5 Tips for a Winning Speech Therapy Collaboration
You know the saying it takes a village, but when it comes to special needs children, the village can make a striking difference in the effectiveness of speech therapy. Collaboration doesn’t always come easy, but once you have a handle on it, speech therapy techniques can be seamlessly integrated at home and at school so that your efforts build to a greater result. Not only should you see better results with collaborative therapy, but you will see a rapport develop between parents, teachers and the therapist that will foster communication and coordinated efforts toward the common goal of improving a child’s speech.
The benefits of speech therapy collaboration for a child are multi-fold. With everyone on the same page, working together, there will be a consistency that will encourage improved self-esteem in the child. Children love order, boundaries and structure. While the collaboration sets those parameters, it also allows for constant refinement of the speech therapy techniques and approaches based on input from all three parties – parent, teacher and therapist. This can lead to a targeted and highly effective approach to speech therapy.
This process can advise you as your establish your collaboration program. Consider these five tips for putting together a successful speech therapy collaboration:
#1 Start Slowly and Build from There
The very nature of collaboration is one of willingly coming together, so you can’t force it. The notion of collaborative speech therapy should be introduced – floated if you will – to see how the parties react. The best case is that parent, teacher and therapist all are open to the concept of collaboration and eager to participate. But you can get started with buy in from just two of the three and can build from there. Once two parties are on board, it will be much easier to introduce the third party – assuming of course that you have initial buy-in from the therapist. It will be much more challenging if teacher and parent are on-board and the therapist is the hold out, but that will likely not be the case.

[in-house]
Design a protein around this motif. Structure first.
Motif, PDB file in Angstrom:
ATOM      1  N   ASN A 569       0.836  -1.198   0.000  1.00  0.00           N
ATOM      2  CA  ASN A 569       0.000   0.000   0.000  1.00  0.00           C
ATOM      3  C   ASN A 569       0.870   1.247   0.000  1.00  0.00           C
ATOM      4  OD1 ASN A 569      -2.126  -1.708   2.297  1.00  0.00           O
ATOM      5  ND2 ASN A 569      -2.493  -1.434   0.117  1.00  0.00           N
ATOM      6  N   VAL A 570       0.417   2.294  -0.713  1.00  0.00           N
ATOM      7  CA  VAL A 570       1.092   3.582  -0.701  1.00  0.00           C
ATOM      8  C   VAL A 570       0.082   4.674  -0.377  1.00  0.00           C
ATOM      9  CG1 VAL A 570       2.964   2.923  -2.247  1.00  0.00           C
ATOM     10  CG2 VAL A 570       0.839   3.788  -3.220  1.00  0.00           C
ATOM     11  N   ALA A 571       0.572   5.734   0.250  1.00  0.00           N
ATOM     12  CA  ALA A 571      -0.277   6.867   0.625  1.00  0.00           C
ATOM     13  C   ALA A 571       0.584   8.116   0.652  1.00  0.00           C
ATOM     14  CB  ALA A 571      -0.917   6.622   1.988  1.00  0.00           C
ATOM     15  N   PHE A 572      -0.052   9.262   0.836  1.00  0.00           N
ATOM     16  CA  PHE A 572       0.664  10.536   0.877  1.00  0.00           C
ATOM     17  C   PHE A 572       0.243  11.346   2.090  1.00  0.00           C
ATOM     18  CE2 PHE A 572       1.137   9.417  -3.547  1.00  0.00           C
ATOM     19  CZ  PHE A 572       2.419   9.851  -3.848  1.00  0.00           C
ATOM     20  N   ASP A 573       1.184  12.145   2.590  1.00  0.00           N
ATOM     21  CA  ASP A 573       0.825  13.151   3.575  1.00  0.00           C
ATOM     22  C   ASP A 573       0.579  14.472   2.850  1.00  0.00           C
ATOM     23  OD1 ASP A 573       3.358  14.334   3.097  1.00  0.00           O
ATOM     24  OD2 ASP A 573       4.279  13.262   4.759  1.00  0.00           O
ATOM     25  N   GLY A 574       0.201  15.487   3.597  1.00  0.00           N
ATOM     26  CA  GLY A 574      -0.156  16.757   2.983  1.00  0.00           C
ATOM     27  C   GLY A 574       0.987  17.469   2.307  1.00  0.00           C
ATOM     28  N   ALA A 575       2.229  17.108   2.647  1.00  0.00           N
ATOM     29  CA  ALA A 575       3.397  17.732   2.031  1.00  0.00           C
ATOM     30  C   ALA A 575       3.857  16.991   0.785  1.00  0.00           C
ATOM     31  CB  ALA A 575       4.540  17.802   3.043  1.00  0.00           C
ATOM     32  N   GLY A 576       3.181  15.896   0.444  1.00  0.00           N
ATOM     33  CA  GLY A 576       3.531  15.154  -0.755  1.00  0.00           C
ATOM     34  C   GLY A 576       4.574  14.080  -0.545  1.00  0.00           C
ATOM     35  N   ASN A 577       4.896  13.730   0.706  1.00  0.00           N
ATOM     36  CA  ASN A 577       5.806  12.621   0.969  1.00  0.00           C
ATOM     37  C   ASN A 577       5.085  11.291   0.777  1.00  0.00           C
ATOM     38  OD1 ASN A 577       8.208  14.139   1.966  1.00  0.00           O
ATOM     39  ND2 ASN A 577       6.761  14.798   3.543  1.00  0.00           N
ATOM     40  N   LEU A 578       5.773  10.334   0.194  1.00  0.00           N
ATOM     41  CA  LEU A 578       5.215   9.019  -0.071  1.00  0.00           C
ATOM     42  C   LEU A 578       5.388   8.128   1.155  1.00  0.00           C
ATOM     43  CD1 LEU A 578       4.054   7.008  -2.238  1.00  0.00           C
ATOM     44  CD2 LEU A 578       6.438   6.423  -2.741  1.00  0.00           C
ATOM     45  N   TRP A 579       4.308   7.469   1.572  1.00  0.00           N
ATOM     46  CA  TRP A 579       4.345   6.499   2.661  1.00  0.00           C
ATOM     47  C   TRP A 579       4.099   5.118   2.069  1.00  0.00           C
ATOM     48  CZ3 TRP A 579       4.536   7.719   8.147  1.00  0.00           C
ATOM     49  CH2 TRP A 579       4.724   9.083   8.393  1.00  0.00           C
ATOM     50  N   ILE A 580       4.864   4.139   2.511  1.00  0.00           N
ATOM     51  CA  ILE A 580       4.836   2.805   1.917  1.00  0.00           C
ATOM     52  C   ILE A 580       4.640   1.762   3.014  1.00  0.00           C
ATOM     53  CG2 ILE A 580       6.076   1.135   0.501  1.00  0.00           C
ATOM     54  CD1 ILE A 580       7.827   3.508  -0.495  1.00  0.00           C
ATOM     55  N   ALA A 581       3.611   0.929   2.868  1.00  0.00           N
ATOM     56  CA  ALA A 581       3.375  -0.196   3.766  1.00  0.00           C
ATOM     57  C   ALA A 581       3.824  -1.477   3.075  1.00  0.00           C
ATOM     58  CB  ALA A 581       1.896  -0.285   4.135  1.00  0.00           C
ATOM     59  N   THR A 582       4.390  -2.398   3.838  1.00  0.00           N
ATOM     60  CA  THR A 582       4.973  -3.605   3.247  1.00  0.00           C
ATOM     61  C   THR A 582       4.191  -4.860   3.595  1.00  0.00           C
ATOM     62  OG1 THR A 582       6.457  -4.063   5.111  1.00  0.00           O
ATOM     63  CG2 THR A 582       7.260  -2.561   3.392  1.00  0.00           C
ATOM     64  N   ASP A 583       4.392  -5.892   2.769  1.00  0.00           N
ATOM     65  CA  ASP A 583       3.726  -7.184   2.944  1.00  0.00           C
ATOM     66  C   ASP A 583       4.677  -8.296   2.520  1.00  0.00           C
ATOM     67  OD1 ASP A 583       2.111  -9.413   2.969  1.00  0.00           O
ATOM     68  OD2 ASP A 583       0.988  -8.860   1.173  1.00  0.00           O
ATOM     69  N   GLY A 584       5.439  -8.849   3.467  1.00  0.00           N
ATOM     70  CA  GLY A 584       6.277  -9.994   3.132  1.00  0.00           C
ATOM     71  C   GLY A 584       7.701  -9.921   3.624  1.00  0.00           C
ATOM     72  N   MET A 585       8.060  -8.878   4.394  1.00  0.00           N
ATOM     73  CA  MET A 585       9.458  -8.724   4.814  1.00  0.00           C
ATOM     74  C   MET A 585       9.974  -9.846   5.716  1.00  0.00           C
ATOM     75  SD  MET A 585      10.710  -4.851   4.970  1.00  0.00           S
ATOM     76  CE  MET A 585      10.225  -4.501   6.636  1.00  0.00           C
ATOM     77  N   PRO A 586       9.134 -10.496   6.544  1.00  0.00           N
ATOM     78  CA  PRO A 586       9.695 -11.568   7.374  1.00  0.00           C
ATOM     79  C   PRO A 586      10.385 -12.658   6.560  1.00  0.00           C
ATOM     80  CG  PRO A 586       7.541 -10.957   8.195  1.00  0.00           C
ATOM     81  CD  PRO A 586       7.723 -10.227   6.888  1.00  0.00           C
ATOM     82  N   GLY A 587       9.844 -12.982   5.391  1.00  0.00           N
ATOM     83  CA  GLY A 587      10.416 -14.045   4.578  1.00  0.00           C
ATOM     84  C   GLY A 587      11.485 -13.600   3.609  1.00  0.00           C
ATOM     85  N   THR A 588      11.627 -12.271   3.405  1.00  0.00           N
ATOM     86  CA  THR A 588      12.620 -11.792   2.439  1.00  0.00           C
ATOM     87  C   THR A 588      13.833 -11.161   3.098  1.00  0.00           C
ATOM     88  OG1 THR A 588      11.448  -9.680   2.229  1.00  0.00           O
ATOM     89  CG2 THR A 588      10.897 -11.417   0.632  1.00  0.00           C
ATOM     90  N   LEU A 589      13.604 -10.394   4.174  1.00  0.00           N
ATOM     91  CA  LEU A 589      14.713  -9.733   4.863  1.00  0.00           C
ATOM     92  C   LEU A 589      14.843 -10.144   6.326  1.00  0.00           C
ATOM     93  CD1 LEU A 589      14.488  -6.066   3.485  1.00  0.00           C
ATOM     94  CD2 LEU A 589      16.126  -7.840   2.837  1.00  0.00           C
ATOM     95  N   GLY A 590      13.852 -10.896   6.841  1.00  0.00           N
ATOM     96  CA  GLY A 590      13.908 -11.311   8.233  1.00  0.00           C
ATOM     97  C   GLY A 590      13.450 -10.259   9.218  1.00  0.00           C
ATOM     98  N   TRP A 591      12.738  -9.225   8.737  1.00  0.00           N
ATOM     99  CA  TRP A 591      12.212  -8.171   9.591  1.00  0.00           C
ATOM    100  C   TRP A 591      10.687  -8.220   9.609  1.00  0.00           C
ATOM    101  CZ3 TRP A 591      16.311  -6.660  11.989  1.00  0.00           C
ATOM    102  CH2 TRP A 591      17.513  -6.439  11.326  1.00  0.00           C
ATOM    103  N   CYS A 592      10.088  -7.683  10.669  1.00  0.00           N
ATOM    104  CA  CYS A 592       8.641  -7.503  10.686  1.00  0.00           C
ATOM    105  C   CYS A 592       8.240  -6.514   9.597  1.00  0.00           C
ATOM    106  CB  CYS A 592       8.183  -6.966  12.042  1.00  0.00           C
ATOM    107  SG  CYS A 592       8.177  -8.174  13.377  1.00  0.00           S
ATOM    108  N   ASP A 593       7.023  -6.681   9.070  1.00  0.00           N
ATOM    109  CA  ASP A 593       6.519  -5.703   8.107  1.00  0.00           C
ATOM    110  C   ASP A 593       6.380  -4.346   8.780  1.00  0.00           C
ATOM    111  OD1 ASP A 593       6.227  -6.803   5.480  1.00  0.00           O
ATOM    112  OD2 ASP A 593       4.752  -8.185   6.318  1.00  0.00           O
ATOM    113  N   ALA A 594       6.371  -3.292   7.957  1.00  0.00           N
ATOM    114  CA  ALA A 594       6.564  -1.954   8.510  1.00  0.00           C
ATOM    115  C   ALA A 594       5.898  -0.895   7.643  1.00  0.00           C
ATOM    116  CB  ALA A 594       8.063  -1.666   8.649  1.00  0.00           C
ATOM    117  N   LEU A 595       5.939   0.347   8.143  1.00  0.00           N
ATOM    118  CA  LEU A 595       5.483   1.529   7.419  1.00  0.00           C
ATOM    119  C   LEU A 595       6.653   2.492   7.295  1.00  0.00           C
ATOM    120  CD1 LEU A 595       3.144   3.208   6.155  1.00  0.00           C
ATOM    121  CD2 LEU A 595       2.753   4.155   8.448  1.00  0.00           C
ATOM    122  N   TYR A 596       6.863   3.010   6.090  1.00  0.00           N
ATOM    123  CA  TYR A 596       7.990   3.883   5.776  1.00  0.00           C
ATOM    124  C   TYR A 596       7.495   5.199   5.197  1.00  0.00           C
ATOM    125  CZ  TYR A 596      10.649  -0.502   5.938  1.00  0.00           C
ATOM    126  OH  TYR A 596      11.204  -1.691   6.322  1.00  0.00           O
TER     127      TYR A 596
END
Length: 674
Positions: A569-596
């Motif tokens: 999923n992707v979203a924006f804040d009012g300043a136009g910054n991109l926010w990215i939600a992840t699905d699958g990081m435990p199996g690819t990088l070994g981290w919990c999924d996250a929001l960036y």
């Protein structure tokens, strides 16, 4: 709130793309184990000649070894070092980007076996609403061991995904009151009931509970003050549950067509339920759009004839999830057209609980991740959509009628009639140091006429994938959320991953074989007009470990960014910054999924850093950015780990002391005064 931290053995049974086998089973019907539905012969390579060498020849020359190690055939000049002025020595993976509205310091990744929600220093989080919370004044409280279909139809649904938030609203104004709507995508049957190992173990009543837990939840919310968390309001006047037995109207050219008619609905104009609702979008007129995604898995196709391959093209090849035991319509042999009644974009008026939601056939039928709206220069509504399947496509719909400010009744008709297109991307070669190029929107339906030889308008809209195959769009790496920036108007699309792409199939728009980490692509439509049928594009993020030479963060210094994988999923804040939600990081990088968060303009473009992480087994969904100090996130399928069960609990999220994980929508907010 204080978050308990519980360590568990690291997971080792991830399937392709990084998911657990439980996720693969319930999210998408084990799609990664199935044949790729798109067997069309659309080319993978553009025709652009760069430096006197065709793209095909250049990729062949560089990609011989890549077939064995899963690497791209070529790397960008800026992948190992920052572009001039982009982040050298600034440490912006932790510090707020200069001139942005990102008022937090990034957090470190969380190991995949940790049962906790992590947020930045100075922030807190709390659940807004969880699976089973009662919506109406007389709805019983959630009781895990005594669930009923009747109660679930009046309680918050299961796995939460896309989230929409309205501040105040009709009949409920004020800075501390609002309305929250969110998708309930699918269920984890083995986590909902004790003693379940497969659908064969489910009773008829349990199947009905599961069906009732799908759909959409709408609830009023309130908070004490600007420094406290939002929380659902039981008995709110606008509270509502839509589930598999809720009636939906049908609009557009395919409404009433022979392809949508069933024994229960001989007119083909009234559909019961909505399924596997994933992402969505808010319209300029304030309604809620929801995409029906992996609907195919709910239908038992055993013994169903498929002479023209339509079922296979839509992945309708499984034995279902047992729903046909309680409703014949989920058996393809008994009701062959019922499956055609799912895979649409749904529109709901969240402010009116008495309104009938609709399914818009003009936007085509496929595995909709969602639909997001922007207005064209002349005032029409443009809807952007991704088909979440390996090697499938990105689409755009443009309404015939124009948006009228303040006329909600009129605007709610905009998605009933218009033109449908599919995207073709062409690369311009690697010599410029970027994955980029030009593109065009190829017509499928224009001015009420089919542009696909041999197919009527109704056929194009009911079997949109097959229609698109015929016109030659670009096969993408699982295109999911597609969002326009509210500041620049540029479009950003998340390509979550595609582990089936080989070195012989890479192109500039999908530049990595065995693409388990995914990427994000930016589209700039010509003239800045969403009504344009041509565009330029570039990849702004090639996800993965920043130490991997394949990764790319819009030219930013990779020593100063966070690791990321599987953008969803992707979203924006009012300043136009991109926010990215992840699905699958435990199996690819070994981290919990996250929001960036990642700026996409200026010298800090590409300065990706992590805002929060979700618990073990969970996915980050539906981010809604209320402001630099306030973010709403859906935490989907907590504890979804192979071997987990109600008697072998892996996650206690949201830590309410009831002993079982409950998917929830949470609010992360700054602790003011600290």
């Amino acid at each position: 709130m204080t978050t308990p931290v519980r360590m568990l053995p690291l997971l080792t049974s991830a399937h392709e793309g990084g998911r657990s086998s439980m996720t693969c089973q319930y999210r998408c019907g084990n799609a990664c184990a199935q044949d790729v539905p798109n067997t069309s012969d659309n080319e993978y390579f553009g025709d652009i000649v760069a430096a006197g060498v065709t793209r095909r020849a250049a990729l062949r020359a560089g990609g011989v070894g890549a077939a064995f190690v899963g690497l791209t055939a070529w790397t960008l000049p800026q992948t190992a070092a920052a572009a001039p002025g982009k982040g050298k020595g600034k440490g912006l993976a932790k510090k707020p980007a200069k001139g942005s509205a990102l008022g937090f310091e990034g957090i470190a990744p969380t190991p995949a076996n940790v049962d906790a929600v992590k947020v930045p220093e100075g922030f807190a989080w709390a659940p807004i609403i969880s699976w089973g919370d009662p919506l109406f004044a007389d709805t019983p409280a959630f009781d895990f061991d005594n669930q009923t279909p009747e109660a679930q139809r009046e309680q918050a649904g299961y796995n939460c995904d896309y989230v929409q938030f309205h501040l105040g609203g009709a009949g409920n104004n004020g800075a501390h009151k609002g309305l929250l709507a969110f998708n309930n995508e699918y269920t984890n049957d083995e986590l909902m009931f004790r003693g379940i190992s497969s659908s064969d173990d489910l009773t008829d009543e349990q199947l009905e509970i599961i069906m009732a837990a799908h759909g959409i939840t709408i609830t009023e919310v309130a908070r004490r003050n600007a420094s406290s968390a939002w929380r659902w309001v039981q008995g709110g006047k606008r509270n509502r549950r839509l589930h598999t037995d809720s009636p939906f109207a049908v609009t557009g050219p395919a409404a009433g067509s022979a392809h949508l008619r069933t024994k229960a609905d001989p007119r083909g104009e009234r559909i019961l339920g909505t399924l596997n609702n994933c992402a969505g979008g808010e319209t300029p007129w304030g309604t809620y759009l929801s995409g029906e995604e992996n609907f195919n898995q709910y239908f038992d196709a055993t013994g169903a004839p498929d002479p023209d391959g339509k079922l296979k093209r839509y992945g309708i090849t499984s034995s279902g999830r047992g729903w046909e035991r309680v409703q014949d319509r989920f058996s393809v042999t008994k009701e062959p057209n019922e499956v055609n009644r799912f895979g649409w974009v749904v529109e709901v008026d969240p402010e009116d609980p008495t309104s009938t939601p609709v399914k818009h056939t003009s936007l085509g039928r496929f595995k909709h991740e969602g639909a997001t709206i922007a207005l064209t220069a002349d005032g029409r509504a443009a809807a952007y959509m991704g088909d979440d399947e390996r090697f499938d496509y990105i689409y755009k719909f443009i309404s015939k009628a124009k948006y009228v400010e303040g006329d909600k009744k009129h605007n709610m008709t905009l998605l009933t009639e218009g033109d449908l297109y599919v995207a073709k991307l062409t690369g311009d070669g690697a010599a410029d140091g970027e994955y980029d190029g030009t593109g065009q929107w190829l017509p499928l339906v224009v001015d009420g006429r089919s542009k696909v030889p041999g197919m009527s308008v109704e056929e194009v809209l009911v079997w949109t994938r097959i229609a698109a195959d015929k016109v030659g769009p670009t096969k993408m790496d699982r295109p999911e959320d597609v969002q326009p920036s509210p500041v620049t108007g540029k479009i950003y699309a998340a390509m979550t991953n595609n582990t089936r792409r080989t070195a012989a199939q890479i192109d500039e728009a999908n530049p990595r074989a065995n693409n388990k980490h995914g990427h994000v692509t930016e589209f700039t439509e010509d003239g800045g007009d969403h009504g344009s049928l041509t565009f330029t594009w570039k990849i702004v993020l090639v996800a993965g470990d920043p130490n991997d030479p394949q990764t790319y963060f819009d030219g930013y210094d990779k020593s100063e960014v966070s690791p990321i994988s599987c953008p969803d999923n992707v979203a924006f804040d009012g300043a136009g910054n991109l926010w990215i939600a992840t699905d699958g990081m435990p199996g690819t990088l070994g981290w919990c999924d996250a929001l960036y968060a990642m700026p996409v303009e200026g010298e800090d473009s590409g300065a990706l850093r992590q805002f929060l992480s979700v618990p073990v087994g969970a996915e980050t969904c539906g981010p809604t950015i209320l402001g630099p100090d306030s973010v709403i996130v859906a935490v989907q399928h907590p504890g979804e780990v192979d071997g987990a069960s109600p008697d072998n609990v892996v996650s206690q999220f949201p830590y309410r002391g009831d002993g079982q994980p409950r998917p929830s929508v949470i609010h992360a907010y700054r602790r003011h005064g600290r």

#2 Set Goals
The speech therapist should develop goals and objectives that can be implemented in the classroom as well as supporting activities that can be accomplished at home. These should all be unified and working with the same end goal in mind. Goals should be developed that incorporate each curriculum area. The speech therapist can then train the teacher on the speech therapy strategies to be used. This way the child gets consistent guidance and feedback in speech therapy and at school.
#3 Specific Strategies
The speech therapist should be familiar with classroom materials and units. Borrowing textbooks and looking at lesson plans can make it easy to develop specific strategies such as word lists that target sounds to align with lessons. Beyond the textbook or lesson plan lists, supplemental lists can augment both the speech therapy goals and the child’s vocabulary development.
#4 Integrate the Parents
It’s often easier to collaborate between speech therapist and teacher because they are both accustomed to dealing with IEPs, special needs and other individualized educational needs. But parents are often busy and may get flustered if they feel they’re being pressured. The key is to include them without intimidating them. Start out with general information like the goals the therapist and teacher have established and the strategies developed to achieve them.
Encourage them to ask questions and in turn ask if they are interested in some tips to support speech therapy efforts at home. If they are receptive, provide them a little at a time so as not to overwhelm. If they are not, give it time and try again later. Offer to teach them the strategies so they are not intimidated by taking a more active role in their child’s speech therapy.
#5 Constant Contact
Once you have your speech therapy collaboration established, you have to groom it so it will thrive. Regular contact between each of the parties will keep everyone invested, motivated and on the same page. When needs change and goals evolve, communication will keep everyone moving forward together. Share phone numbers and email addresses so that it’s easy to contact each other as needed. And when contact is made, be sure to respond promptly via the channel requested. This will build trust and a cooperative atmosphere that will ensure the success of your collaborative speech therapy efforts.